The character category for HSL is strong indeed. Characters have sound concepts and are developed and explored well. They might be “likable” in that most of them are deeply flawed and mentally unwell, but that’s the point. HSL presented broken and hard-to-swallow characters with excellence. Sometimes, characters push the bounds of being believable, like Kitaumekawa-sensei and Satou’s manager from episode one. However, this is important for the story, as it shows how corrupt humans are in the supposedly normal adult world.
To me, the best and most interesting characters are Satou, her aunt, Asahi, and Shoko. Satou’s unnamed Aunt is a walking mess of convoluted beliefs and ideas, some of which are not at all bad in themselves (for example, polyamory). But there are many more areas where Aunt fails terribly, both as a caretaker, and as a respectable person. She has mental issues that she doesn’t seek help for. Aunt’s version of “love” is the acceptance of all people and whatever they have done or want to do. This twisted and unwell character was fascinating to me and important for the story of Satou.
In complete contrast to Aunt, we have Shoko, a mentally typical character with very understandable issues such as difficulty committing. Seeing her overcome her hesitation is beautiful. She grows so much in a short time span, and she’s the best friend anyone could ask for. Asahi’s determination and strength to survive abuse and reunite his family is stunning. But the most intriguing character– and perhaps the most demented– is Satou. The show’s exploration of her mind is what boosts the character category from 7/10 to 8/10. For now that’s all I’ll say about the characters, but there’s so much there to unravel that I may write more detailed posts about them in the future.
Personal Enjoyment: 8/10
There was no shortage of enjoyable elements in HSL, for me. I have much respect for the themes and topics raised in the anime, such as mental fragility, abuse, and the variant nature of love. In addition, I appreciate learning about the psychology of a well-written yandere girl. Other characters such as Asahi and Shoko were great, too. HSL is thrilling and well-paced, something else I love in a good story. Finally, hearing Kana Hanazawa play Satou is another example of something I enjoyed in this anime.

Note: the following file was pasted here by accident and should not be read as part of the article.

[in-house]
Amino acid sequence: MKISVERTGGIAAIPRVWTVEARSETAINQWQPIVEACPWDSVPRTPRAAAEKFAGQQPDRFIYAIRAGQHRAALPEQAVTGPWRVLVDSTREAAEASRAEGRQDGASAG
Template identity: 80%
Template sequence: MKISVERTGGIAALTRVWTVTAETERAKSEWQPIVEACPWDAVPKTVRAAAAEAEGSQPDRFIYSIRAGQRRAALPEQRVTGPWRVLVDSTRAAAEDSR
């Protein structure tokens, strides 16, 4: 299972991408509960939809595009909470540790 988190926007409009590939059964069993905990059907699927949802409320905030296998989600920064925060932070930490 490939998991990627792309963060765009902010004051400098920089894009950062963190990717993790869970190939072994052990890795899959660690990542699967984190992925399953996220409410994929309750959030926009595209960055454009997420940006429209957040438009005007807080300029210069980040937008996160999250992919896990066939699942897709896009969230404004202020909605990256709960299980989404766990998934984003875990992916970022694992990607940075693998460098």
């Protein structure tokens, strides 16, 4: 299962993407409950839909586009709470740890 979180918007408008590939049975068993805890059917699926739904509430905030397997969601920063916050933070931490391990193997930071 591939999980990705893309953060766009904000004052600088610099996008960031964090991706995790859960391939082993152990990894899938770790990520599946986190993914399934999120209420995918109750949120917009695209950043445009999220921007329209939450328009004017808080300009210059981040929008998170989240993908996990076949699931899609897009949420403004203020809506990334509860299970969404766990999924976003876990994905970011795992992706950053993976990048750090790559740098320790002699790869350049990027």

The main things taking away from a sense of enjoyment were over-the-top voice-acting, sometimes aggravating supporting characters, and minor complaints about the art style. Also, sometimes HSL can be hard to watch because of a sad turn of events or an uncomfortable scene. Still, I really appreciate this anime and what it has to offer.
Overall Score: 7.6/10.0 Good
The overall score is calculated by taking the average of the five categories we discussed. According to my scale, anything in the 7s range is pretty good, while series in the 8s range are excellent. Happy Sugar Life isn’t for everyone and has some issues, but it still came out with quite an impressive score. The current score for this anime on MAL is 6.91, and I think that’s mostly because of the controversial elements. It’s quite an unfair rating though, if you ask me.
I recommend this anime for people who are interested in abnormal psychology, yandere girls, and anime thrillers with strong elements of drama and romance. Don’t bother watching it if you are expecting something cheerful or conventionally comfortable. Thanks a ton for reading! Take care and stay awesome!
2 thoughts on “Anime Review: Happy Sugar Life”
It was disturbing, wasn’t it! [HSL, not the review]. I can’t stop thinking about that psychotic look Shio had at the ending.
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I know right! O.o